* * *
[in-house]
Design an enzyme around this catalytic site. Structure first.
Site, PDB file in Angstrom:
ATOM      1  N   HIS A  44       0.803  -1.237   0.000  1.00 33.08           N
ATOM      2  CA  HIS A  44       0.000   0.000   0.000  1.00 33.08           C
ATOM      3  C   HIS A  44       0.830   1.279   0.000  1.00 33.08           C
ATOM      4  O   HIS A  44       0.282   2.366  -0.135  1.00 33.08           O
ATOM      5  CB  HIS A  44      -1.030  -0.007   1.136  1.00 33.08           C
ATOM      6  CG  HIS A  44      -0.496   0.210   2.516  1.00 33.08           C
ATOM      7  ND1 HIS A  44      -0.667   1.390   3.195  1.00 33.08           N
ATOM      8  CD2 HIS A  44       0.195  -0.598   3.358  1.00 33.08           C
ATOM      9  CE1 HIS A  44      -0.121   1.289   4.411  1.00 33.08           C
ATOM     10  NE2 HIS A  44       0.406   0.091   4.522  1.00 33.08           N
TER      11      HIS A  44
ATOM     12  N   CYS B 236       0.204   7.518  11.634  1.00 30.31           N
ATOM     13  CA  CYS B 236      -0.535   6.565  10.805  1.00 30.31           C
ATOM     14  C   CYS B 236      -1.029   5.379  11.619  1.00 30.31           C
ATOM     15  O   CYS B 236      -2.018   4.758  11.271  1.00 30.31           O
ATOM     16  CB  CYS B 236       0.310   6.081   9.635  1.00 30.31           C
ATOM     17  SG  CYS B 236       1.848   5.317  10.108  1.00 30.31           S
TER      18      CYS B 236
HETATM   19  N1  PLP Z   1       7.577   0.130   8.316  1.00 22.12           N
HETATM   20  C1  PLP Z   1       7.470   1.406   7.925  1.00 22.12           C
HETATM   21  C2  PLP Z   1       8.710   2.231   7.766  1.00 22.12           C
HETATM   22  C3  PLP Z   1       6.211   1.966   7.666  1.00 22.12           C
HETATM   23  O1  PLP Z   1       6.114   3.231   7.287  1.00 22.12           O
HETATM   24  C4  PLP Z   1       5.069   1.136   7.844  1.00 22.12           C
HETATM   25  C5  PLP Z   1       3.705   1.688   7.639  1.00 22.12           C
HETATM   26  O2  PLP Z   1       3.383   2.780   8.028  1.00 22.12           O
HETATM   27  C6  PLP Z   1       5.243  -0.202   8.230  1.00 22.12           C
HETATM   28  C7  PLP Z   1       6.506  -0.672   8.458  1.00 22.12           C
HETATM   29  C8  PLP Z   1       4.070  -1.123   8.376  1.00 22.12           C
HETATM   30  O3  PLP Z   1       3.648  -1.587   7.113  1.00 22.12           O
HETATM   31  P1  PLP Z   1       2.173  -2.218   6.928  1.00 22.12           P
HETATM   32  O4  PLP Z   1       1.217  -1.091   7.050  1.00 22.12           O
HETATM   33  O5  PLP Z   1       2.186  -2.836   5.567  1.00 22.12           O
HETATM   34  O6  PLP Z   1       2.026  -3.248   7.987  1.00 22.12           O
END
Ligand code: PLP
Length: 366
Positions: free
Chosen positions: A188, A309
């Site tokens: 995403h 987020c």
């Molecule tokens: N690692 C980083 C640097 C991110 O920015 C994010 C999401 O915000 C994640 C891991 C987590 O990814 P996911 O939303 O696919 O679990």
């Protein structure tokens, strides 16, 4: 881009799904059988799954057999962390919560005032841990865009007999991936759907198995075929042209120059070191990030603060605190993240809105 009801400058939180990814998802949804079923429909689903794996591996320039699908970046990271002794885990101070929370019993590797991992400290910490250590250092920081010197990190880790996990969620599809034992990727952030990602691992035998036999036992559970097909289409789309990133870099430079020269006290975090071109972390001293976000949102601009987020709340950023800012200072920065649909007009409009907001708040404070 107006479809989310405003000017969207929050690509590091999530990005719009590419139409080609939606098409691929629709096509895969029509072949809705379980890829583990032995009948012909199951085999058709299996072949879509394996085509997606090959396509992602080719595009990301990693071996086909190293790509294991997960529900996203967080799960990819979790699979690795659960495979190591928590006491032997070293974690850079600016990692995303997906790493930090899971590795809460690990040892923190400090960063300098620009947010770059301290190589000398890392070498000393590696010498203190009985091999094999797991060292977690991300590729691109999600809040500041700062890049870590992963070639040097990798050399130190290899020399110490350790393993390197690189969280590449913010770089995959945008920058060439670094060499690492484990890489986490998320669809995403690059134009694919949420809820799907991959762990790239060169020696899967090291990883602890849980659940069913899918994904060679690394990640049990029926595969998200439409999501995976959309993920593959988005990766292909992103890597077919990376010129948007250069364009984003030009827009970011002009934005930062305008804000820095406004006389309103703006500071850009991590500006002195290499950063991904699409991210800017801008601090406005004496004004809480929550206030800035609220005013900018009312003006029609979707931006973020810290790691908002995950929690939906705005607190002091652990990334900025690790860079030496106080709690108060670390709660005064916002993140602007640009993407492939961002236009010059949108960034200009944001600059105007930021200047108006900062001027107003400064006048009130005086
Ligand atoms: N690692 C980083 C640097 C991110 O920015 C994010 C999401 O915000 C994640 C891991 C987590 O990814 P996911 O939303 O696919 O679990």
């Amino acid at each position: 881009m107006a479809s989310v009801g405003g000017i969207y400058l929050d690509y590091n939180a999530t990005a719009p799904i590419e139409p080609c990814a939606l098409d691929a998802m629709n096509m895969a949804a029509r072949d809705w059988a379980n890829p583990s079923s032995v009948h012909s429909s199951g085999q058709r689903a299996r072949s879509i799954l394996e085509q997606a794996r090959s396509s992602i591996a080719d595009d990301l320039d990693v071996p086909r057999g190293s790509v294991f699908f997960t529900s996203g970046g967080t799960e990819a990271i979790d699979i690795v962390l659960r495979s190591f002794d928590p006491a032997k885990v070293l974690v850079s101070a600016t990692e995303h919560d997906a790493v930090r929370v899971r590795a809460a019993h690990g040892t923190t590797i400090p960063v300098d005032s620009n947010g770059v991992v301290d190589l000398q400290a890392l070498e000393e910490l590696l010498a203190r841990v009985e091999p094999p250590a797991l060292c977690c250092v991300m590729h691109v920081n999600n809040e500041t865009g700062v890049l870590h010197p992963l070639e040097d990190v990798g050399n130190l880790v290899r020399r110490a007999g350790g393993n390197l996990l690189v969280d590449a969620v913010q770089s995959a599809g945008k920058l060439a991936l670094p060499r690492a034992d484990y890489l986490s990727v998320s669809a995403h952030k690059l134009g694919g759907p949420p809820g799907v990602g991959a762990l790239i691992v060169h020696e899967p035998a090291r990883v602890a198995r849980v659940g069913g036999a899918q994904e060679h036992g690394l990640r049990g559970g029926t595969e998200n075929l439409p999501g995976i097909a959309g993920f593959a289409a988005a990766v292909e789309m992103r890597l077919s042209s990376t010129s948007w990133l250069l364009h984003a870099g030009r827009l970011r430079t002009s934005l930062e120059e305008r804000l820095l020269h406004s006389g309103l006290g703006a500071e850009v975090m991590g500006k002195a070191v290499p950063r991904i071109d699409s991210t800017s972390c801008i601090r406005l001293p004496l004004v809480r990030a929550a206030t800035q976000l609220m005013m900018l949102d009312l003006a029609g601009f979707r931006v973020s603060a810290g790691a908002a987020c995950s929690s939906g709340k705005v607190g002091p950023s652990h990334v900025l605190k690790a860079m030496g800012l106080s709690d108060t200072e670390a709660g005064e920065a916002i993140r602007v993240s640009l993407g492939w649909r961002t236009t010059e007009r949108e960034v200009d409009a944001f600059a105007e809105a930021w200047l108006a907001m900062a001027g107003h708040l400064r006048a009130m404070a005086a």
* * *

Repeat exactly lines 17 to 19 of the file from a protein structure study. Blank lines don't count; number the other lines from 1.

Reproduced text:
ATOM     14  C   CYS B 236      -1.029   5.379  11.619  1.00 30.31           C
ATOM     15  O   CYS B 236      -2.018   4.758  11.271  1.00 30.31           O
ATOM     16  CB  CYS B 236       0.310   6.081   9.635  1.00 30.31           C